Mr Klauber, through evaluations of current data, WIdO can now for the first time shed light on the effects of the second wave of epidemics on German hospitals. What is the picture there?
Jürgen Klauber: In general, the number of cases in the second wave of epidemics decreased less than in the first wave, although the level of infection increased significantly. Perhaps this is due, among other things, to the fact that the regulations on keeping beds free became more differentiated in the second wave. As a result, the reduction in less urgent operations that could be planned in the second wave is only half of their volume in Spring 2020. In general, hospitals have acted according to political guidelines, the aim of which was to keep hospital beds free.
As early as last spring, it was reported that the number of emergency treatments fell sharply in the first wave of epidemics. What did that look like in the second wave?
In the second wave from October 2020 to January 2021, there was another big drop – minus 13 percent for heart attacks and 11 percent for strokes. Of course, the question immediately arises whether lack of access or subsequent access to the hospital will lead to collateral damage and a more serious development of the disease. Experts from Cardiac Clinics have already reported more and more severe cases arriving at the clinics. For example, heart attack patients with advanced heart damage. Apparently, some patients are hesitant for a long time to call emergency services for fear of infection – or if they have minor complaints, they have no contact with the health system at all.
- Actual situation: Director General of AOK Scientific Institute (WIdO)
- Professional life: At WIdO since 1990, Vice President of the Institute since 1998, Managing Director since 2002
- an exercise: He studied mathematics and social sciences in Aachen and Bonn
Are there any clues to this in the data?
Yes, an analysis based on AOK data for a WIdO quality monitor published in December 2020 showed that in the first wave of epidemics, the decrease in the number of cases was greater for mild cases of myocardial infarction compared to severe cases. In the case of strokes, we saw a significant 30-day increase in mortality. The absolute number of hospital-related stroke deaths has also increased compared to the previous year – although the number of cases has decreased significantly. We will only be able to see in medium-term studies the subsequent damage that may result from heart attacks and strokes that may not be treated appropriately.
What do the results mean for the GP?
In a pandemic in particular, it will likely be particularly important to monitor at-risk patients. One can only repeat the call to patients over and over again to not hesitate in the event of emergency symptoms even in the event of an epidemic, and to seek direct contact with a doctor or alert emergency services immediately.
They also saw a decrease in cancer treatments. Were these the same size as for emergencies?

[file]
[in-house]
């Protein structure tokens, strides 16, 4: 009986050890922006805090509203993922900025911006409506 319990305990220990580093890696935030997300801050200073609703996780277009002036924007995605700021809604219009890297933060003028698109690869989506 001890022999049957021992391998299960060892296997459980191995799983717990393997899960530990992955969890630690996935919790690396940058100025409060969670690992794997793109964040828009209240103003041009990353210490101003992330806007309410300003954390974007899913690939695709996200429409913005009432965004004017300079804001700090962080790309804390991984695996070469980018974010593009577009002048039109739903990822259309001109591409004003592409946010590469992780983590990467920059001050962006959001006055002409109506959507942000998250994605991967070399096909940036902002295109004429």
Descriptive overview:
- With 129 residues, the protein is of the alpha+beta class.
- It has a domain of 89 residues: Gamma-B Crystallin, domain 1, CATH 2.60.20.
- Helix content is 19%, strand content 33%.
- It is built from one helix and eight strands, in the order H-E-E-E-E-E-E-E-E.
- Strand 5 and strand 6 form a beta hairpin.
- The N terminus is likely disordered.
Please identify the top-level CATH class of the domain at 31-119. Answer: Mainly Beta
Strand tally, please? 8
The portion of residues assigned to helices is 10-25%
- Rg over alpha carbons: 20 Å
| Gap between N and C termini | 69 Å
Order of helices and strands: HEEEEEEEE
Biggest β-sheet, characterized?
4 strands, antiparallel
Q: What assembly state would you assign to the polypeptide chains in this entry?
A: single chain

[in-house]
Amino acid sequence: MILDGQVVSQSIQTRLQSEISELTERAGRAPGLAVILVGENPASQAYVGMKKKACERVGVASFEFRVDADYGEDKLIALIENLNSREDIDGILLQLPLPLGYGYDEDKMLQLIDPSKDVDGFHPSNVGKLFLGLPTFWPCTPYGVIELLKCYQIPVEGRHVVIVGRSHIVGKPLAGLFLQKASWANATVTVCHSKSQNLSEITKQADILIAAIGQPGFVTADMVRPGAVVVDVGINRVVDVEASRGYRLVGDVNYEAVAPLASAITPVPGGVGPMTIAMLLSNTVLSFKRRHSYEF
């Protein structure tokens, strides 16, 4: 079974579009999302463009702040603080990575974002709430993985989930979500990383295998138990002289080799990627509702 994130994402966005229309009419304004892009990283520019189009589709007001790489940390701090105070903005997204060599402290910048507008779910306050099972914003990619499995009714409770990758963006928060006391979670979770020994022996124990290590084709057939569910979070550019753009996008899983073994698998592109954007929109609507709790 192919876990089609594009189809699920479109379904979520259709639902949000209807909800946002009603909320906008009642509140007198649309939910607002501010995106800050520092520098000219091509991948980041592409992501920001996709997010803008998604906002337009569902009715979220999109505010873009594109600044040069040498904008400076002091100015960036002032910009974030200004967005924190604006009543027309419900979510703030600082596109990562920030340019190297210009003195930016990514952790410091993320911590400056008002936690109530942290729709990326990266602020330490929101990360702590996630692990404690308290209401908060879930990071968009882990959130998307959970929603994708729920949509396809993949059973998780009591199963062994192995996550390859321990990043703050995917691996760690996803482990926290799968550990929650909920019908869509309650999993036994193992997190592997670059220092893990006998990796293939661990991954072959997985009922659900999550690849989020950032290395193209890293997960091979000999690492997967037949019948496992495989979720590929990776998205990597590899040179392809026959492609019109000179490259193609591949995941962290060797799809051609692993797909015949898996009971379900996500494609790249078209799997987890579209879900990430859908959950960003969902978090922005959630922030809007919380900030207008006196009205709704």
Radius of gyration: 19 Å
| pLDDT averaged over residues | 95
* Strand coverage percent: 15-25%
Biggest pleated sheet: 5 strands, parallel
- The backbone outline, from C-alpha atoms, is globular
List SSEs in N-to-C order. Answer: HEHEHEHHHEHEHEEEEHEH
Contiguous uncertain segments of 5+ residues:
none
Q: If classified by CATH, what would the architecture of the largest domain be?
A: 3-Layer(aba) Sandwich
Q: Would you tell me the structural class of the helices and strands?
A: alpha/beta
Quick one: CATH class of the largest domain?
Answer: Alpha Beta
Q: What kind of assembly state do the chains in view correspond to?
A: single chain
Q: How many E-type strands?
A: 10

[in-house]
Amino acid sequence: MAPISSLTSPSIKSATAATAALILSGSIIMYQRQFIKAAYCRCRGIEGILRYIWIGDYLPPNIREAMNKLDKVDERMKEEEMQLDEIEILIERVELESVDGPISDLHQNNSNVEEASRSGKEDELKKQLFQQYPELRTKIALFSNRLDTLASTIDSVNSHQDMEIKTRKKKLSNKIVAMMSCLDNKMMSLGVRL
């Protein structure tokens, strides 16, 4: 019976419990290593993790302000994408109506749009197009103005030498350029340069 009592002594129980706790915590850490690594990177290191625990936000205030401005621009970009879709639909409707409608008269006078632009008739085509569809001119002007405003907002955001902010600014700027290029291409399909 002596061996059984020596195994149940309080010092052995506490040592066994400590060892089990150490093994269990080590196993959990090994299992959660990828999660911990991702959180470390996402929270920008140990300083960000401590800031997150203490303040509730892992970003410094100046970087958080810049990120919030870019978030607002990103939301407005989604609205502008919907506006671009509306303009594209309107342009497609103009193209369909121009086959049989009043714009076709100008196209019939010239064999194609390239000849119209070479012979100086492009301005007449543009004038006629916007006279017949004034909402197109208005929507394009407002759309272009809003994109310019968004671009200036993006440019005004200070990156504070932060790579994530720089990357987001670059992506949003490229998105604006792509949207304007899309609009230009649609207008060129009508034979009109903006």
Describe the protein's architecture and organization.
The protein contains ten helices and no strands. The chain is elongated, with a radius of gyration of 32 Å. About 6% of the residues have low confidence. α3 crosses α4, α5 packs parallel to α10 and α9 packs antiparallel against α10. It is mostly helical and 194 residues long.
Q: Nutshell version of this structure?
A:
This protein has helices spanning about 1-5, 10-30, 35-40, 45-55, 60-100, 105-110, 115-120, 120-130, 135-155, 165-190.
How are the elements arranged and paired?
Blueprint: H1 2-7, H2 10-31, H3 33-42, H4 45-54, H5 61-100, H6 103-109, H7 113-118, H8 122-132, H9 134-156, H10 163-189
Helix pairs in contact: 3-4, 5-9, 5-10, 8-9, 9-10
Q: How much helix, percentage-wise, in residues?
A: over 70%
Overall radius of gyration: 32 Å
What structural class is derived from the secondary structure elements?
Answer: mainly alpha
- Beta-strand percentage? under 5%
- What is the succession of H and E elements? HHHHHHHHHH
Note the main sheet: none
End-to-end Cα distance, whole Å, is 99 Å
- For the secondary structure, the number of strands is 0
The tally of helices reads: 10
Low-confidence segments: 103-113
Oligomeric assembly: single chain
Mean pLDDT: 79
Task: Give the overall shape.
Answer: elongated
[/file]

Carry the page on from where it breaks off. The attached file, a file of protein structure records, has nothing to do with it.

In breast cancer tumor interventions, there was a significant reduction of 10% in the first wave, which was half as large in the second wave. This is mainly due to the fact that the mammography examination was temporarily suspended in the first wave of epidemics. The number of mammograms with AOK-insured women for early detection or diagnosis decreased 49 percent from March to May. From the summer onwards, the situation has returned to normal.
Was this also the case with other cancer markers?
The picture of colon and rectal cancer operations differs from those of breast cancer. The decline in the second wave is 20 percent greater than it was in the spring of 2020. Here, too, we see an association with diagnoses that fell dramatically in outpatients in the first wave of epidemics. In the three months, the number of all colonoscopies performed by AOK-insured decreased by 26 percent. In light of the renewed decline in operating rooms in the second wave, it can be assumed that colon cancer diagnoses also declined significantly again in the context of the second wave of epidemics. On the basis of the available data, we cannot answer how often patients have complaints or whether colonoscopy presentation has decreased due to capacity bottlenecks. But you have to make it clear to people that screening for colon cancer saves lives, and this has been proven by many studies.
They have also recorded a decrease in inpatient treatment of diseases that, in the opinion of experts, can also in many cases be well cared for by doctors in a private clinic. How do you look over there?
A remarkable development can be seen in the so-called sensitive outpatient indicators, for which qualified outpatient treatment is often adequate: both heart failure and COPD, which we assessed as examples, have been consistent since the beginning of the epidemic with a very sharp drop in the number of cases, and it has been Each case increased with the intensity of the two epidemic waves. We cannot say from the data whether these patients who did not come to the hospital received adequate outpatient care if needed instead.
However, the continued decline in the epidemic could be an indication of an increase in the supply of inpatients here. International comparisons suggest that, too. It remains to be seen whether the Coronavirus pandemic could foster lasting structural change in this area of supply.
In cooperation with: The Federal Association AOK